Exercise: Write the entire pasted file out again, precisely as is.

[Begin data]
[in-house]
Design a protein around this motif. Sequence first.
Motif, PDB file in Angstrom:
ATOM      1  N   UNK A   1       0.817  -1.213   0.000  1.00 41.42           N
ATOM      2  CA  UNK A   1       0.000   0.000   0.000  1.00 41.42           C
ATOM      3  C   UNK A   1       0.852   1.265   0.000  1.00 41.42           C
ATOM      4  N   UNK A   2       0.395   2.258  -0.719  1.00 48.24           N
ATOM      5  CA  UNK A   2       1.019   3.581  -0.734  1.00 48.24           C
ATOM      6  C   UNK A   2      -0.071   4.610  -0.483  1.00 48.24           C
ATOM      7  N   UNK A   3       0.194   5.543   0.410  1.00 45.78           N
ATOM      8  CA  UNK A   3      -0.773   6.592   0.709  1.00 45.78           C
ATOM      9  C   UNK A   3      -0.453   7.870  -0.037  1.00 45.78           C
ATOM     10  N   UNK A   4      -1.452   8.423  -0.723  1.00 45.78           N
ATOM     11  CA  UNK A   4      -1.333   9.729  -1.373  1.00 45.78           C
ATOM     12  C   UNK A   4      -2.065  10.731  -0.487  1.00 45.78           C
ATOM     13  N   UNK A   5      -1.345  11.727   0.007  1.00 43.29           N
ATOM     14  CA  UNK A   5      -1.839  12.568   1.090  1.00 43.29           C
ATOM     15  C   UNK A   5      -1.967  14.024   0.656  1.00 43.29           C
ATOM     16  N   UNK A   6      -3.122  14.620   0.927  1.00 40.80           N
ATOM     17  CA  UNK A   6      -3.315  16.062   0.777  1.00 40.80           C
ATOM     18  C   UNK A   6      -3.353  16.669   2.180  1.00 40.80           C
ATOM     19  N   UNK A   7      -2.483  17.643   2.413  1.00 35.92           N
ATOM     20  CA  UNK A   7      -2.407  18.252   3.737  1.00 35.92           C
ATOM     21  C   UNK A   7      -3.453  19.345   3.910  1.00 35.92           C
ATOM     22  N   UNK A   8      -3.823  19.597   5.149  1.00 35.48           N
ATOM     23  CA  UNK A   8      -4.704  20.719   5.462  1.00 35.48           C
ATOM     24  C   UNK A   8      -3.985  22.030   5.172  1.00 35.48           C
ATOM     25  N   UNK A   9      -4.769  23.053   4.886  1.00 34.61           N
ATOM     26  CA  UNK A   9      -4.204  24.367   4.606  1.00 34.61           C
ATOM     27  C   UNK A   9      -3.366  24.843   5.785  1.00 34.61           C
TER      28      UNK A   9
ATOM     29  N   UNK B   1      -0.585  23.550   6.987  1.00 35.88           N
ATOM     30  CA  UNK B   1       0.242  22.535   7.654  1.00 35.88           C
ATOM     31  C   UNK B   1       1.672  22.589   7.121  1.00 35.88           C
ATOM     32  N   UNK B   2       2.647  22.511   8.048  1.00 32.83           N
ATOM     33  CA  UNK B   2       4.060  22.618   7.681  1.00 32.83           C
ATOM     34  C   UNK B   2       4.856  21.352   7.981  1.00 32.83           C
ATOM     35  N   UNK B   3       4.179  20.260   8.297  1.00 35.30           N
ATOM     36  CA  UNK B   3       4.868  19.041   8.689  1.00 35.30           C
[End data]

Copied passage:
[in-house]
Design a protein around this motif. Sequence first.
Motif, PDB file in Angstrom:
ATOM      1  N   UNK A   1       0.817  -1.213   0.000  1.00 41.42           N
ATOM      2  CA  UNK A   1       0.000   0.000   0.000  1.00 41.42           C
ATOM      3  C   UNK A   1       0.852   1.265   0.000  1.00 41.42           C
ATOM      4  N   UNK A   2       0.395   2.258  -0.719  1.00 48.24           N
ATOM      5  CA  UNK A   2       1.019   3.581  -0.734  1.00 48.24           C
ATOM      6  C   UNK A   2      -0.071   4.610  -0.483  1.00 48.24           C
ATOM      7  N   UNK A   3       0.194   5.543   0.410  1.00 45.78           N
ATOM      8  CA  UNK A   3      -0.773   6.592   0.709  1.00 45.78           C
ATOM      9  C   UNK A   3      -0.453   7.870  -0.037  1.00 45.78           C
ATOM     10  N   UNK A   4      -1.452   8.423  -0.723  1.00 45.78           N
ATOM     11  CA  UNK A   4      -1.333   9.729  -1.373  1.00 45.78           C
ATOM     12  C   UNK A   4      -2.065  10.731  -0.487  1.00 45.78           C
ATOM     13  N   UNK A   5      -1.345  11.727   0.007  1.00 43.29           N
ATOM     14  CA  UNK A   5      -1.839  12.568   1.090  1.00 43.29           C
ATOM     15  C   UNK A   5      -1.967  14.024   0.656  1.00 43.29           C
ATOM     16  N   UNK A   6      -3.122  14.620   0.927  1.00 40.80           N
ATOM     17  CA  UNK A   6      -3.315  16.062   0.777  1.00 40.80           C
ATOM     18  C   UNK A   6      -3.353  16.669   2.180  1.00 40.80           C
ATOM     19  N   UNK A   7      -2.483  17.643   2.413  1.00 35.92           N
ATOM     20  CA  UNK A   7      -2.407  18.252   3.737  1.00 35.92           C
ATOM     21  C   UNK A   7      -3.453  19.345   3.910  1.00 35.92           C
ATOM     22  N   UNK A   8      -3.823  19.597   5.149  1.00 35.48           N
ATOM     23  CA  UNK A   8      -4.704  20.719   5.462  1.00 35.48           C
ATOM     24  C   UNK A   8      -3.985  22.030   5.172  1.00 35.48           C
ATOM     25  N   UNK A   9      -4.769  23.053   4.886  1.00 34.61           N
ATOM     26  CA  UNK A   9      -4.204  24.367   4.606  1.00 34.61           C
ATOM     27  C   UNK A   9      -3.366  24.843   5.785  1.00 34.61           C
TER      28      UNK A   9
ATOM     29  N   UNK B   1      -0.585  23.550   6.987  1.00 35.88           N
ATOM     30  CA  UNK B   1       0.242  22.535   7.654  1.00 35.88           C
ATOM     31  C   UNK B   1       1.672  22.589   7.121  1.00 35.88           C
ATOM     32  N   UNK B   2       2.647  22.511   8.048  1.00 32.83           N
ATOM     33  CA  UNK B   2       4.060  22.618   7.681  1.00 32.83           C
ATOM     34  C   UNK B   2       4.856  21.352   7.981  1.00 32.83           C
ATOM     35  N   UNK B   3       4.179  20.260   8.297  1.00 35.30           N
ATOM     36  CA  UNK B   3       4.868  19.041   8.689  1.00 35.30           C